Worlds of Star Trek: Deep Space Nine - Volume One
Cardassia and Andor

Authors: Una McCormack and Heather Jarman
Pocket Books
RRP 6.99, US $6.99, Cdn $10.50
ISBN 0 7434 8351 0
Available 05 July 2004

Within every federation and every empire, behind every hero and every villain, there are the worlds that define them. In the aftermath of Unity and in the daring tradition of Spock's World, The Final Reflection and A Stitch in Time, the civilisations most closely tied to Star Trek: Deep Space Nine can now be experienced as never before... in tales both sweeping and intimate, reflective and prophetic, eerily familiar and utterly alien...

Volume one of Worlds of Star Trek: Deep Space Nine consists of two stories based on Cardassia and Andor:

Cardassia: The last world ravaged by the Dominion War is also the last on which Miles O'Brien ever imagined building a life. As he joins in the reconstruction of Cardassia's infrastructure, his wife Keiko spearheads the planet's difficult agricultural renewal. But Cardassia's struggle to remake itself - from the fledgling democracy backed by Elim Garak to the people's rediscovery of their own spiritual past - it is not without opposition, as the outside efforts to help rebuild its civilisation come under attack by those who reject any alien influence.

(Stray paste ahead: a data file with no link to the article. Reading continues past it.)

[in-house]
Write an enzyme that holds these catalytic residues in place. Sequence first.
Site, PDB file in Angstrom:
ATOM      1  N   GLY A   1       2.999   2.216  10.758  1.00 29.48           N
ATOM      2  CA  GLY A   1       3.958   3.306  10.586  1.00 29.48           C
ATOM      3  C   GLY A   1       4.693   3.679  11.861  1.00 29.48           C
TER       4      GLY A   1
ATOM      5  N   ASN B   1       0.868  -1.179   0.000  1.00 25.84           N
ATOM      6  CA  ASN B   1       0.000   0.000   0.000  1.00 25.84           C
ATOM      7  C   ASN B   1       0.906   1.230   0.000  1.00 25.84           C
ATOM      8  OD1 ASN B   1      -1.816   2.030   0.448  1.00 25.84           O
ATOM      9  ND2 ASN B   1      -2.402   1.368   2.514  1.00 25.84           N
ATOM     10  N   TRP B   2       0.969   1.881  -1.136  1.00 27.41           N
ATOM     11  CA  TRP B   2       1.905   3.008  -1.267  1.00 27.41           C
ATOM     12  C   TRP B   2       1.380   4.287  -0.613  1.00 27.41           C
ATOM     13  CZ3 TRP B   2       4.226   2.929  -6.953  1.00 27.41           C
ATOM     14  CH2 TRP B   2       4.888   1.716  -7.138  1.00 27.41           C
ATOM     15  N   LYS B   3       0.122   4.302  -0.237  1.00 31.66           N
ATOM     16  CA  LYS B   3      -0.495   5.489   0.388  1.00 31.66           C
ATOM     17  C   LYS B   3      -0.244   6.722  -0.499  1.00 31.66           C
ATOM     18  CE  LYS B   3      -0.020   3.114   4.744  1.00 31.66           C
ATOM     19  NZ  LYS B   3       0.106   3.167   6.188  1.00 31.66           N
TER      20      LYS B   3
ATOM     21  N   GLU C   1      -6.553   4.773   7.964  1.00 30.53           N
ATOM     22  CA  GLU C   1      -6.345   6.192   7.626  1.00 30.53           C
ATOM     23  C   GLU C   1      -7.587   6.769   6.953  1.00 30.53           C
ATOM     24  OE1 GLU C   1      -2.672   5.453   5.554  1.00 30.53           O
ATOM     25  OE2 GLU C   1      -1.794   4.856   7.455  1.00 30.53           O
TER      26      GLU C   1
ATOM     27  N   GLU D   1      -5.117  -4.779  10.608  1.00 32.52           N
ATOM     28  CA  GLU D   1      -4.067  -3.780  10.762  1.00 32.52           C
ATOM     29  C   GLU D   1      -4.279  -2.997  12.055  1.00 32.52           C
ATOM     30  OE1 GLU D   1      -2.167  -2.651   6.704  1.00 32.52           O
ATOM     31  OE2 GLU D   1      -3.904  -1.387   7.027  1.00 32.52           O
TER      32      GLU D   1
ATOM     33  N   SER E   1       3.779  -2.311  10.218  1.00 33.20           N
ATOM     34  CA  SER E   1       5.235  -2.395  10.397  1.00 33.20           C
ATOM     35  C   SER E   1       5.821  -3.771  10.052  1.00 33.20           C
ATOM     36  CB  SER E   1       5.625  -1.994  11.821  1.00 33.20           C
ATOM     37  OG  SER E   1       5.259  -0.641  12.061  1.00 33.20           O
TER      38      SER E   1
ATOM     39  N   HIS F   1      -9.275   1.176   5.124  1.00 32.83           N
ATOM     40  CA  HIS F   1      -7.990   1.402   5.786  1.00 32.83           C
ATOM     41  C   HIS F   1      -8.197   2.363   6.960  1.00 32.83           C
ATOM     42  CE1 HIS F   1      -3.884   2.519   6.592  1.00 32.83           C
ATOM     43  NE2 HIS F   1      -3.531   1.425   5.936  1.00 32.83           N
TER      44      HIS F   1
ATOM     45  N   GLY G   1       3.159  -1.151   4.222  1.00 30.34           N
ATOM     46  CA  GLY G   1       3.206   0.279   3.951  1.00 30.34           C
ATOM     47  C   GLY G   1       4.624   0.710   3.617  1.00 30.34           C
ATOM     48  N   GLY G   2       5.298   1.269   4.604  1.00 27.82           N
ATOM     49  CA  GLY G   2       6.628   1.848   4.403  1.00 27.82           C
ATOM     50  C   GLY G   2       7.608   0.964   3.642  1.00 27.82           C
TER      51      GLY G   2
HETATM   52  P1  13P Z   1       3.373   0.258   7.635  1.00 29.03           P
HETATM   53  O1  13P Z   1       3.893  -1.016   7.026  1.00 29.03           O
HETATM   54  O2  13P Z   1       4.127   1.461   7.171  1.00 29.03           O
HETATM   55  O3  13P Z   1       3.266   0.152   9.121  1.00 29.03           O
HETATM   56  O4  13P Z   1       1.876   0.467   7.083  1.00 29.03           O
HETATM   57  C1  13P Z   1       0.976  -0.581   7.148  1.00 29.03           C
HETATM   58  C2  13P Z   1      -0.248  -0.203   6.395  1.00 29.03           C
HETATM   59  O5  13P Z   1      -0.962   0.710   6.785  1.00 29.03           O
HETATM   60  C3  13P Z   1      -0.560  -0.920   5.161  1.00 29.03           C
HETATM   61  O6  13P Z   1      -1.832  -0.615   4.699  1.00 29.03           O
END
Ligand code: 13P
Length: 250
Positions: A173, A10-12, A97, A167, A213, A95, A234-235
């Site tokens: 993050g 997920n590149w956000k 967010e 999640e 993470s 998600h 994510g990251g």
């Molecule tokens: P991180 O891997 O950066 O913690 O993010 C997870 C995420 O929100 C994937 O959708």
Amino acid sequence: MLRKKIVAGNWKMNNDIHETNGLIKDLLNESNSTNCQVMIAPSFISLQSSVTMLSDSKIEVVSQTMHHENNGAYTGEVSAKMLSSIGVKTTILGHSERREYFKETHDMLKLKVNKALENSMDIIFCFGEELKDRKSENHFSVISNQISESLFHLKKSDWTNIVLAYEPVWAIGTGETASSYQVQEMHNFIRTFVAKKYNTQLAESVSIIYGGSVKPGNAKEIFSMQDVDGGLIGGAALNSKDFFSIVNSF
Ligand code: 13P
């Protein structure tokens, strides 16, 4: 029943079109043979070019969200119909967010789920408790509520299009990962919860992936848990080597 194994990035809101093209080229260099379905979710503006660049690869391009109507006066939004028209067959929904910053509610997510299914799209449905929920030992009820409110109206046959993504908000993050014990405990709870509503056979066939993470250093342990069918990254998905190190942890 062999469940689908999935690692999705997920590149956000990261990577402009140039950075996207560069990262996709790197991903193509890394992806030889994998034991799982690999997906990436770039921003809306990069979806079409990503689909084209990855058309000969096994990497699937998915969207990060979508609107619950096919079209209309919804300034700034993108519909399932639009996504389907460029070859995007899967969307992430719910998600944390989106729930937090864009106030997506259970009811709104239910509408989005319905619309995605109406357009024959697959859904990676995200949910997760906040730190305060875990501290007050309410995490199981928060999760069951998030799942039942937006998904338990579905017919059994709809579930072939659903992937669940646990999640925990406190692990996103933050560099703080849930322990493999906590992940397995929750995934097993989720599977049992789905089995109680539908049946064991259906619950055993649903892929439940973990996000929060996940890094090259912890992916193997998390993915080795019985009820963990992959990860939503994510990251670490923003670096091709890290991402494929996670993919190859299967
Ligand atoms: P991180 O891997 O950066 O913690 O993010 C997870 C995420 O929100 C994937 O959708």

Andor: On the eve of a great celebration of their ancient past, the unusual and mysterious Andorians, a species with four sexes, must decide just how much they are willing to sacrifice in order to ensure their survival. Biological necessity clashes with personal ethics; cultural obligation vies with love - and Ensign Thirishar ch'Thane returns home to the planet he forswore, to face not only the consequences of his choices, but a clandestine plan to alter the very nature of his kind.

I originally came to this book with a little apathy. I wasn't really sure what to expect. Was it going to be two rather dull stories that couldn't cut it to warrant a book of their own? Or would they be rushed leaving me wanting more than was on offer?

Of the two stories, I must admit to preferring Cardassia - mainly as I am a huge Cardassian fan - but the Andor story is also worth reading. Cardassia is an O'Brien tale (another plus point for me) and it was interesting to see the Keiko is using her previous experience while aboard DS9 to help Cardassia get back on its feet again.

This is an interesting start to what looks like a promising series.

Pete Boomer

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